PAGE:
How NORNORM puts wellbeing at the heart of the office design process

When it comes to separating good workplaces from bad, the devil is in the detail. Interior designers Eric Boudart and André Peeters explains how NORNORM marries form and function to create workspaces that makes us feel good – and work great

Open Office with people working and communicating
Man sitting on bar chair and woman sitting on desk cabinet in a discussion

An office is a home away from home, a place many people will spend almost half of their waking hours. But while we can organise and redecorate our homes to meet our comfort and needs, offices are all too often inflexible and unproductive.

“There are far too many offices that are simply not functional,” says interior architect Eric Boudart.

“They can be too noisy or there might be a light that’s creating glare on your screen. It might sound stupid, but it doesn’t matter if an office looks nice if you get into trouble the moment you start to move around. These offices can limit our freedom and prevent us from delivering on our potential, even if you’re not aware of it.”

Eric and fellow interior designer André Peeters have collaborated for more than 30 years, and are responsible for helping NORNORM’s clients to create productive, healthy and optimal workspaces.

“We start by identifying the main functions that they need, from receptions, offices, lounge areas, focus areas and coffee corners, for example. But there is much more to consider when designing the perfect office. You need to create the right movement flows and understand where people are entering and leaving from. The design needs to limit traffic around spaces where there is concentrated work, and create lounge areas that stimulate collaboration and informal meetings,” says André.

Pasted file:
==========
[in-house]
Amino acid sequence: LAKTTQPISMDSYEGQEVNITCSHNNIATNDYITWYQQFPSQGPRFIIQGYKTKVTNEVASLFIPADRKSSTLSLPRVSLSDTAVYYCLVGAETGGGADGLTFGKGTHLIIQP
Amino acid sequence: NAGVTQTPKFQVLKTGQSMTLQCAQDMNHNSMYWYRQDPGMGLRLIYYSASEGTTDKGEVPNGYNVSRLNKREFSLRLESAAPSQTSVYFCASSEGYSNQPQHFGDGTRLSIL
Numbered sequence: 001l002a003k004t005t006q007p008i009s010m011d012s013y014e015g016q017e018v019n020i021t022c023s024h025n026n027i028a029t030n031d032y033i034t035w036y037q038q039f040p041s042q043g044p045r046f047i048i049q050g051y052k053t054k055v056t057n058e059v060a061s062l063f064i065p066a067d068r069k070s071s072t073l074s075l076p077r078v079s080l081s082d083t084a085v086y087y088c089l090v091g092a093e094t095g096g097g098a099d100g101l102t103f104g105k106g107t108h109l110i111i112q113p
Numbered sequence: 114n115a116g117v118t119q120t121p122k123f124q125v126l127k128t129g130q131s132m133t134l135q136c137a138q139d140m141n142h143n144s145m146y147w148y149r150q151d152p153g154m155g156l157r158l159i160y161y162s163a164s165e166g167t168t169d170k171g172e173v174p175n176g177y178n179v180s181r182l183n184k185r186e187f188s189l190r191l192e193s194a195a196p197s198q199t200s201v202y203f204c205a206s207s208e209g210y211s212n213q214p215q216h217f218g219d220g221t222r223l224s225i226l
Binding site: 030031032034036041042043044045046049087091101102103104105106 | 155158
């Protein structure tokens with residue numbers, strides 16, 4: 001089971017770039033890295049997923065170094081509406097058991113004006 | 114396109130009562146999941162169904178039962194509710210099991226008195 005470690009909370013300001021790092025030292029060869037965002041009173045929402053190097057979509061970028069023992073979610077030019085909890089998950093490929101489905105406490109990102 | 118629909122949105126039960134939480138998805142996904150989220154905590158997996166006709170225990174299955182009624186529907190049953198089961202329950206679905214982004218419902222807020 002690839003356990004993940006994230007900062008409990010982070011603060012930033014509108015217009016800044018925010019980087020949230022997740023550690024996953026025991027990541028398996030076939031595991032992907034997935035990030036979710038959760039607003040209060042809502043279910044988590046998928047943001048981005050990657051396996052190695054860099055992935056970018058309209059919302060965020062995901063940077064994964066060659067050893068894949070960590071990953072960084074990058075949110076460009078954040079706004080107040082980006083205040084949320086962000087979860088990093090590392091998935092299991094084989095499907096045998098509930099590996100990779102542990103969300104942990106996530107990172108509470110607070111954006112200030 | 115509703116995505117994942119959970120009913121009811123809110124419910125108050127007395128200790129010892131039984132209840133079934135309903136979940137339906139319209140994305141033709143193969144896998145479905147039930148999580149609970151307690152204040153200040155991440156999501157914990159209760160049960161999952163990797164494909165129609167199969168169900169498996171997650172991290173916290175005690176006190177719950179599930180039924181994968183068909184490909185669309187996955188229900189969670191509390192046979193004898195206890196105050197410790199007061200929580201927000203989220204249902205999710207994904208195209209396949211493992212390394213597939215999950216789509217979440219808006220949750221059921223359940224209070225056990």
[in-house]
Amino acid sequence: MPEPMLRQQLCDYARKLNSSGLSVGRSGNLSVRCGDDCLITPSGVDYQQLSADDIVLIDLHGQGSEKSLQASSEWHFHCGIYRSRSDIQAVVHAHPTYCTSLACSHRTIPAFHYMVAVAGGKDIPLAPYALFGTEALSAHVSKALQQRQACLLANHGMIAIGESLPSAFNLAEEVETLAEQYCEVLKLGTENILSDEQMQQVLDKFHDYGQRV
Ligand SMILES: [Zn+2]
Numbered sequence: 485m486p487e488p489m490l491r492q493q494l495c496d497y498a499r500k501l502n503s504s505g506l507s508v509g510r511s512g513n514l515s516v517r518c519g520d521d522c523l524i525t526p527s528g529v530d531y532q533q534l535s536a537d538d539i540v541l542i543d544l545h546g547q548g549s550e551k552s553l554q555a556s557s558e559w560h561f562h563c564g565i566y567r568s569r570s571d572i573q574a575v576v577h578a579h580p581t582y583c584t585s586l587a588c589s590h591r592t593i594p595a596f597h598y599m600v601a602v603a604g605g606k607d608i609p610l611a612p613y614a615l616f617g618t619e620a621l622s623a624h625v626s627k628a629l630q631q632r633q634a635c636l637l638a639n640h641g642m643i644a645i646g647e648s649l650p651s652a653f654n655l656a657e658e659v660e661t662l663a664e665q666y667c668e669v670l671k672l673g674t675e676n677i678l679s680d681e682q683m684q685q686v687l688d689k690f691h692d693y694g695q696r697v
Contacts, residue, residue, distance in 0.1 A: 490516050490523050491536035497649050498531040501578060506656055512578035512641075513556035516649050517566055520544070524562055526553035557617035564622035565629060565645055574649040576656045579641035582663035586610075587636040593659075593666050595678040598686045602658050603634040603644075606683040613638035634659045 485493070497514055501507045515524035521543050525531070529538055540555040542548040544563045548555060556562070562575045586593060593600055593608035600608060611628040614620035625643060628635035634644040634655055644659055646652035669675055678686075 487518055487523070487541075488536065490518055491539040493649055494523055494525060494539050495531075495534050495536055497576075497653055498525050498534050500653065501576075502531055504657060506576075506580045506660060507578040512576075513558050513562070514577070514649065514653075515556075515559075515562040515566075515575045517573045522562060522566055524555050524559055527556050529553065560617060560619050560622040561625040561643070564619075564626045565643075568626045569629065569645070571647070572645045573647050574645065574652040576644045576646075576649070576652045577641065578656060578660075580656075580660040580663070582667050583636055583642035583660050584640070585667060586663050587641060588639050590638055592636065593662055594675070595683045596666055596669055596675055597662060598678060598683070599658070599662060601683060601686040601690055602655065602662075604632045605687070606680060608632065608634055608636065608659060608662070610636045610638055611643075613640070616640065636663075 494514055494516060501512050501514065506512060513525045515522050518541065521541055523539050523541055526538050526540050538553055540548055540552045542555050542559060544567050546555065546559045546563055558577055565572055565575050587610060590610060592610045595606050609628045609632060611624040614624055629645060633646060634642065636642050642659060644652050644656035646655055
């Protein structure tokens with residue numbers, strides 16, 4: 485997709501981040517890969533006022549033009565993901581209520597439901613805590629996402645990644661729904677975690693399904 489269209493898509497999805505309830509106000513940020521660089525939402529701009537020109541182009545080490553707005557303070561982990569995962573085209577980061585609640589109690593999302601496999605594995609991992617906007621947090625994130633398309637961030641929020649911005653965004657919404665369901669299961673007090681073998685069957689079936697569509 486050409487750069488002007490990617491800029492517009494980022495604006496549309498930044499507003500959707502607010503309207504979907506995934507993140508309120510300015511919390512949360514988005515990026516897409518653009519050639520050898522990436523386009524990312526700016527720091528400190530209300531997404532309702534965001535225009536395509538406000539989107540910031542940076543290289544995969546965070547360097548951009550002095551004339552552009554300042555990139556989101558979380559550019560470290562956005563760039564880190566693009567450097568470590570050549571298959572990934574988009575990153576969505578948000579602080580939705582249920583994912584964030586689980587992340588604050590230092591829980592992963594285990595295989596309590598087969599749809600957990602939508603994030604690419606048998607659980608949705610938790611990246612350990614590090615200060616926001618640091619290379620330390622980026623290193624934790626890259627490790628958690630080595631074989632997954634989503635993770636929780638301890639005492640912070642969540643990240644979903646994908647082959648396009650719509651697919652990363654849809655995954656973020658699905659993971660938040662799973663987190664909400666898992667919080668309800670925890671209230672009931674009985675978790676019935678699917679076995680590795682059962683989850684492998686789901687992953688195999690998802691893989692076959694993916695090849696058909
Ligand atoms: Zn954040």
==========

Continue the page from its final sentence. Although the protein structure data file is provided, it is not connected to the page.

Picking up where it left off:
Form follows function

Eric and André help clients to look beyond their assumptions by proposing non-traditional solutions that maximise the functionality of a space.

“We help clients to figure out what can be done differently by finding new ways to structure and organise offices. We have to understand what a client needs, but most of the time they aren’t yet aware of what they really want, or need,” says Eric.

The goal is to create offices that make people happy, not just because they work better, but because they deserve it too. And for this to happen, workspaces both need to serve the needs of users, and also feel good to be in too.

“Form follows function,” says Eric. “Wellbeing is not simply about the ergonomics of furniture and the acoustics of a space, but it’s also how things look.”

Eric and André have created 12 different style expressions that can match many different settings. From desks and seating, to lighting and decor, the style expressions capture a Nordic aesthetic of simple shapes, clean lines and natural colours.

“We want people’s needs and activities to be supported in a functional manner and in an outstanding visual environment,” says André. “When you add in an understanding of flow, daylight, acoustics and all of the possibilities a building offers, you end up supporting creativity and collaboration.”